Monday, February 18, 2019

Mysteriously Effective Pain Medication

For some reason, Helen was the palliative care attending at County Hospital two weeks in a row, which was fantastic. During the day, it occurred to me that I felt utterly happy just following this wonderful physician around the hospital. In general, I really enjoy the company of doctors: they’re so smart. Jack the fellow was also still there.

Megan, the palliative care RN, was back from vacation, and again explained a lot of interesting things, including the reason a patient is prohibited from having a code status of DNAR / DNI for 30 days following surgery: if the patient dies within 30 days after surgery, that is a black mark for the surgeon, so the patient has to be kept alive no matter what. It can also happen that tons of care team members will rush to attend to a patient who is in crisis after surgery so that the patient will live long enough to die in the ICU instead of the operating room.

We visited seven patients that day, including an elderly man who was brutally attacked as he walked in a park. He was left for dead, choking on his own blood. Fortunately, the person who did this horrendous thing was taken into custody.

In the afternoon, we had a “pre-meeting” with an absolutely darling young doctor who reported that he was trying to clarify goals of care for his patient, but the relationship had ruptured: “He hates me. He won’t talk to me anymore.” After we heard more details, Jack said that on the spectrum from saying to a patient, “What do you want to do?” and, at the other end, being paternalistic and telling the patient what is going to happen, maybe it was time to aim for being more directive. I offered to skip the meeting, in case having a whole herd of people go in at once would make things worse, but the doctor said the patient didn’t seem to mind having groups visit, so we all went in and sat down around the patient’s bed.

While the patient was clearly frustrated and several times announced he had nothing more to say, even making the lip-zipping motion with his fingers, he didn’t actually seem to mind talking to us, including to his young doctor. However, the conversation seemed to be doubling back on itself a bit, so finally Jack took over and clarified that what was bothering the patient most was a stabbing pain in his arm. There was a bit of discussion about where the patient would go from the hospital, but Jack mainly said, “Let’s treat your pain, and then we’ll take it from there. Is there any pain medication that seems to work for you?”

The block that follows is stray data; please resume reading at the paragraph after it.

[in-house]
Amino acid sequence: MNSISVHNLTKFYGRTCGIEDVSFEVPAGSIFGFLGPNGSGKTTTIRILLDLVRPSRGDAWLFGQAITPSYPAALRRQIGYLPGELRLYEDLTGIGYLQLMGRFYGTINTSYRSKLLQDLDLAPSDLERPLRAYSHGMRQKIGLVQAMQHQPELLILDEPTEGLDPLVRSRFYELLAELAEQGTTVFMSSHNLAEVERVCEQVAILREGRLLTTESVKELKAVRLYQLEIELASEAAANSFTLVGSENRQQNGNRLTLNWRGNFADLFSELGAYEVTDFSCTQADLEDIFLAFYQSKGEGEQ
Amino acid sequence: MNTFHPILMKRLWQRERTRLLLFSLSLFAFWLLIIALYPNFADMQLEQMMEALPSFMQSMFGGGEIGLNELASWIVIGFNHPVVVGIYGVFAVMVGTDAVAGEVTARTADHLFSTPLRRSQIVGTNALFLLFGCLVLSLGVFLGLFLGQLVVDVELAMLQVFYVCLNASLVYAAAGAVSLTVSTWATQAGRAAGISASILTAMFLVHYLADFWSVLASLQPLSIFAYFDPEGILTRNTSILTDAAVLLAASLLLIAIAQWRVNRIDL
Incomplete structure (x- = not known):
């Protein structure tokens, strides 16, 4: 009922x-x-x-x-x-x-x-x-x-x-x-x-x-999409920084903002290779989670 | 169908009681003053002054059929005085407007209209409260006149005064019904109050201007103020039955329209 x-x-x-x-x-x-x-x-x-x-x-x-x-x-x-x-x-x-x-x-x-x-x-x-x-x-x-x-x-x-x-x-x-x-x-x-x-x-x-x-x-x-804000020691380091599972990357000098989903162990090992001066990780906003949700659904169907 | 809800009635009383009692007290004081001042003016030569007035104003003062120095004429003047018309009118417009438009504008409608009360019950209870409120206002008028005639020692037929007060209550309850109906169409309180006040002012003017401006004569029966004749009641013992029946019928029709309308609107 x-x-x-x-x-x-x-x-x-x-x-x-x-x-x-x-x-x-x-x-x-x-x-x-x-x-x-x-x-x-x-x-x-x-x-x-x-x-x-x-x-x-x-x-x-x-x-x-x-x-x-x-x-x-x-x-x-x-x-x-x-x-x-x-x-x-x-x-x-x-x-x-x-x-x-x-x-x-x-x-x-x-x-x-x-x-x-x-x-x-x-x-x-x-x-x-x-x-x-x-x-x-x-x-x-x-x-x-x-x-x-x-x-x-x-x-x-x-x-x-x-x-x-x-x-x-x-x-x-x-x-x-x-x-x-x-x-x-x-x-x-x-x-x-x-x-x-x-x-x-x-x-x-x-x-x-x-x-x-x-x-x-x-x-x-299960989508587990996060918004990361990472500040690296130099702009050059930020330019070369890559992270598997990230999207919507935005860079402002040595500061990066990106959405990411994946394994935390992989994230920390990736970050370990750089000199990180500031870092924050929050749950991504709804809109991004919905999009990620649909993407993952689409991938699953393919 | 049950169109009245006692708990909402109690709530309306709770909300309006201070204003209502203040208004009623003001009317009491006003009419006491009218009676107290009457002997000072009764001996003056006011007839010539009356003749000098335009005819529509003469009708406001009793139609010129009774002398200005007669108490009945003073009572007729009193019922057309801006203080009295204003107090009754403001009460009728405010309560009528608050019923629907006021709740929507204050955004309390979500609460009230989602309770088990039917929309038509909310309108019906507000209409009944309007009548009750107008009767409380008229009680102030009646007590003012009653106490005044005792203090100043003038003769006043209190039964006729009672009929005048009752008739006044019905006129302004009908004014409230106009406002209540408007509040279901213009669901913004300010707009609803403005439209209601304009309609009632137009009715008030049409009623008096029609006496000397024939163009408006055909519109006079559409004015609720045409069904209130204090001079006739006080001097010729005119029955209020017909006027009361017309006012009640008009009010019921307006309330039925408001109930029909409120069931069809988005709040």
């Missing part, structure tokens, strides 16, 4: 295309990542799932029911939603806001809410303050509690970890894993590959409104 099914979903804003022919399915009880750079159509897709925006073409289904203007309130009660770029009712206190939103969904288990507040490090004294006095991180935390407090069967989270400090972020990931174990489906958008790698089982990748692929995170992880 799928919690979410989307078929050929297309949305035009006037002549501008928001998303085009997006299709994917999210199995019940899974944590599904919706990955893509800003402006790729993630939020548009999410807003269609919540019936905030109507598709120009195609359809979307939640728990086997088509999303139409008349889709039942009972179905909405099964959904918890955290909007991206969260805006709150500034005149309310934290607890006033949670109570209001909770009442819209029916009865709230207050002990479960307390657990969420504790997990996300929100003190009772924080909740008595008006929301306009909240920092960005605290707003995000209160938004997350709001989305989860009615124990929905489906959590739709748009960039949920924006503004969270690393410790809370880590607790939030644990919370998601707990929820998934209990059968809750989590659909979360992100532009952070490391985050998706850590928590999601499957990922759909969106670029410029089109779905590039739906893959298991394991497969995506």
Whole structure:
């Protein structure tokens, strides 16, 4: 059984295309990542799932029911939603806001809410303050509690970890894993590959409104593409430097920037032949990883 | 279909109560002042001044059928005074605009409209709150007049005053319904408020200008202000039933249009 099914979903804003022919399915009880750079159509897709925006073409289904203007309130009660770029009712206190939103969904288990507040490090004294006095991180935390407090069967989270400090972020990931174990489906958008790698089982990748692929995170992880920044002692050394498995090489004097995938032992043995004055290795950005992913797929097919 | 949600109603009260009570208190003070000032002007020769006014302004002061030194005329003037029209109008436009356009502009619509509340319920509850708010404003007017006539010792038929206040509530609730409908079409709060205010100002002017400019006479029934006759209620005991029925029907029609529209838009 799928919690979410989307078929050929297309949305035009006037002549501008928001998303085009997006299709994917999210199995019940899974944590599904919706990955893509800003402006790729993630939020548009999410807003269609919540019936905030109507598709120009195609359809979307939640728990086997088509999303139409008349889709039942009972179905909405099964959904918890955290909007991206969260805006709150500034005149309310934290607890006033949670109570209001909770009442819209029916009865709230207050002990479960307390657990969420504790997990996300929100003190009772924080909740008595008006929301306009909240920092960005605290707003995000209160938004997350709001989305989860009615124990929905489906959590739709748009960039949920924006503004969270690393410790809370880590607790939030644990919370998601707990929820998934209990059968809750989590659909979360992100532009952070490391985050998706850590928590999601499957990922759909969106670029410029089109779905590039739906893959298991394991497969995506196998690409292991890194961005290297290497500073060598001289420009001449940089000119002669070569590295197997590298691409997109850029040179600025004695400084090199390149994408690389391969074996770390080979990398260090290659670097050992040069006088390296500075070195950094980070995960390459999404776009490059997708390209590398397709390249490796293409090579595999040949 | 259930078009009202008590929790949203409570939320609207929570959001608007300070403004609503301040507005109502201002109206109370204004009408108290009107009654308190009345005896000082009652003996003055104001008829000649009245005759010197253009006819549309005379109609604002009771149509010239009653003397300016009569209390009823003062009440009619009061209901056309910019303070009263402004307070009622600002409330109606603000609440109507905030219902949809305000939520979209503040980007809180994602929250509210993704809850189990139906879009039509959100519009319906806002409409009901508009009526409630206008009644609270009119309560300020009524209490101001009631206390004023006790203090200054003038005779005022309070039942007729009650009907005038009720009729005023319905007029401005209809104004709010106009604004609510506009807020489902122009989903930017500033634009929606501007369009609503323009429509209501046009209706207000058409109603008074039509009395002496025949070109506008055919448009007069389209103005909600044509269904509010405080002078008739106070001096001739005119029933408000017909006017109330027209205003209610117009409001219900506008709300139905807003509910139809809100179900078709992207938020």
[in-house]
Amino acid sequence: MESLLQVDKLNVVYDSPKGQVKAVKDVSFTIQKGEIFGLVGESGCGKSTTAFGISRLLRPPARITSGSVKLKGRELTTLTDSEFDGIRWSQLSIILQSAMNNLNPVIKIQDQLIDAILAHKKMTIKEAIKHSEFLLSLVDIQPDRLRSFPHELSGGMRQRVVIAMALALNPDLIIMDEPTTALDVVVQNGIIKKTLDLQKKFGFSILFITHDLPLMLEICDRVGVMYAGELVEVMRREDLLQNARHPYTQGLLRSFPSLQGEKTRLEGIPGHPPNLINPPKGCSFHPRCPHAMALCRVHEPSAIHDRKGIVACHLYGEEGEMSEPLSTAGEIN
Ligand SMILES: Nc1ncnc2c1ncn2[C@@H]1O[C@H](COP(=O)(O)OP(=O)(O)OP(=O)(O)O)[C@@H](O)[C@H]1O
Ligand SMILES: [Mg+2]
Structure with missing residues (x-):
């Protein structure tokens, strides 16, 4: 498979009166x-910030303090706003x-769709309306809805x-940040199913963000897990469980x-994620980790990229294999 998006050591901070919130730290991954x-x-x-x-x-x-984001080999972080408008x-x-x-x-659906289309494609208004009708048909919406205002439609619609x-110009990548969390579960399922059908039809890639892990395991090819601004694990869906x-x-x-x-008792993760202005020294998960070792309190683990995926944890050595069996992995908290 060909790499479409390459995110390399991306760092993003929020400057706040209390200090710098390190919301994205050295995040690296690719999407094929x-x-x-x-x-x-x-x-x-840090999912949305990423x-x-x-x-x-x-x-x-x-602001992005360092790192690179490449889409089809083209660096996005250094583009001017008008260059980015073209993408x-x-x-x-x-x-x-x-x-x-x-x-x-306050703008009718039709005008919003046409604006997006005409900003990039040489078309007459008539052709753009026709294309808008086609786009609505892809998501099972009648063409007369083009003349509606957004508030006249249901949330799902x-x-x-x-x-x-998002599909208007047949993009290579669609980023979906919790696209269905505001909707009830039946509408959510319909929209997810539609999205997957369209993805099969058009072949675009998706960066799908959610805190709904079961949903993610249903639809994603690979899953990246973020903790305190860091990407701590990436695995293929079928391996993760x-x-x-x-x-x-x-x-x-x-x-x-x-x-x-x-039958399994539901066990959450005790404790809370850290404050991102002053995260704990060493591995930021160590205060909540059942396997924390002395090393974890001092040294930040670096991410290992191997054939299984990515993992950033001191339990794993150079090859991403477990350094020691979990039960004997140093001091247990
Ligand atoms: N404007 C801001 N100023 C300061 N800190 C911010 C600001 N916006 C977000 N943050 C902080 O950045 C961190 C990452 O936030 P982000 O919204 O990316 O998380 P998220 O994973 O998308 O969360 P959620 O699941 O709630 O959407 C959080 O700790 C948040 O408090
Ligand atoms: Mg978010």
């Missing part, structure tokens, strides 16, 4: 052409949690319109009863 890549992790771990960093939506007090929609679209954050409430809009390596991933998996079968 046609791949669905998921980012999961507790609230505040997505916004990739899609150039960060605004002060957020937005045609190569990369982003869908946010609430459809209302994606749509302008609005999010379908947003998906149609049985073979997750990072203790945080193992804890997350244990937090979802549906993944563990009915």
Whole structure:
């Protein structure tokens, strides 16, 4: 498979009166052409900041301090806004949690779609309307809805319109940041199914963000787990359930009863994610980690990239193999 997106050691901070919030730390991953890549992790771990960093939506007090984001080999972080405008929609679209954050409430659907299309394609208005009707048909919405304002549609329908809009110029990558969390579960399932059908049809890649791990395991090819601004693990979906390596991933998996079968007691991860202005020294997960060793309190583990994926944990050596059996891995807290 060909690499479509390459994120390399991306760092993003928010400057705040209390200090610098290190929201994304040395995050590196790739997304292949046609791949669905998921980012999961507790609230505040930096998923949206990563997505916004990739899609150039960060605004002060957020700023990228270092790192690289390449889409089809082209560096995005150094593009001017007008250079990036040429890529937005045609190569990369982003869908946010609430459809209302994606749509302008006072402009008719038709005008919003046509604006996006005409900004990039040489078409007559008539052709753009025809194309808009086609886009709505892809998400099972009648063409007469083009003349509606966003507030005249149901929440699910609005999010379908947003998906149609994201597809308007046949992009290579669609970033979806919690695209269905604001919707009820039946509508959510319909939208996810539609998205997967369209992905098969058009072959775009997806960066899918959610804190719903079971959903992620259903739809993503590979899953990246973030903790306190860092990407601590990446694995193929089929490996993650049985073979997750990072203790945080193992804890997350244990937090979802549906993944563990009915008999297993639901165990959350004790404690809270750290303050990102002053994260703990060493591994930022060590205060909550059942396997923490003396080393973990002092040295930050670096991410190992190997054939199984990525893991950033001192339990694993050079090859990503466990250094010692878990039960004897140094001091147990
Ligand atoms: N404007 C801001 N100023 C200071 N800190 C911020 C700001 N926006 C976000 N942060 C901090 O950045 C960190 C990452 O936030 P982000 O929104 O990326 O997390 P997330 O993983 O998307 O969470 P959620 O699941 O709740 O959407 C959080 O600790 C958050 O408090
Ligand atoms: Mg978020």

“What is that?”

“Tylenol!” shrieked the patient.

When we came out of the room, I said to the young doctor, “How do you feel?” I thought he was going to say, “Great! My patient doesn’t hate me, after all, and the path forward is clear.”

But instead he said, “I feel like a failure: I didn’t manage his pain.”

I said, “You know what you did right? He clearly feels how much you care about him.”

Jack and Helen also reassured the doctor, whose arms were crossed in front of him. Jack said that not an hour earlier, he had felt like he’d blown it in a family meeting, and Helen said not a week goes by that she doesn’t wish a family meeting had gone a different way. (After the earlier family meeting, Helen had reassured Jack, and also given him suggestions for the future. Her main suggestion was to use the pre-meeting to gain clarity on the purpose of the meeting.)

The doctor said he tries to do goals of care discussions himself and not bug the palliative care team, but Helen firmly said, “Things will go better for you and your patients if you rely on your team.” Jack said he agreed with my observation that the patient feels his doctor’s love and care. (I nearly swooned hearing a doctor use the word “love.”)

So, another reason it’s important to have a chaplain on a palliative care team: besides offering support and love to patients and family members, the chaplain may have occasion to nurture other team members.

At the end of the day, Jack said his palliative care rotation at County Hospital was ending, so he would not be seeing me again. He shook my hand and he told me that when he went to a weekly palliative care meeting that practitioners from several hospitals attend, he shared about how powerful he thought my prayer the previous week had been!

1 comment:

J at said...

Yay to Tylenol, and yay to you and the help you provide for those in need. Thank you for sharing this.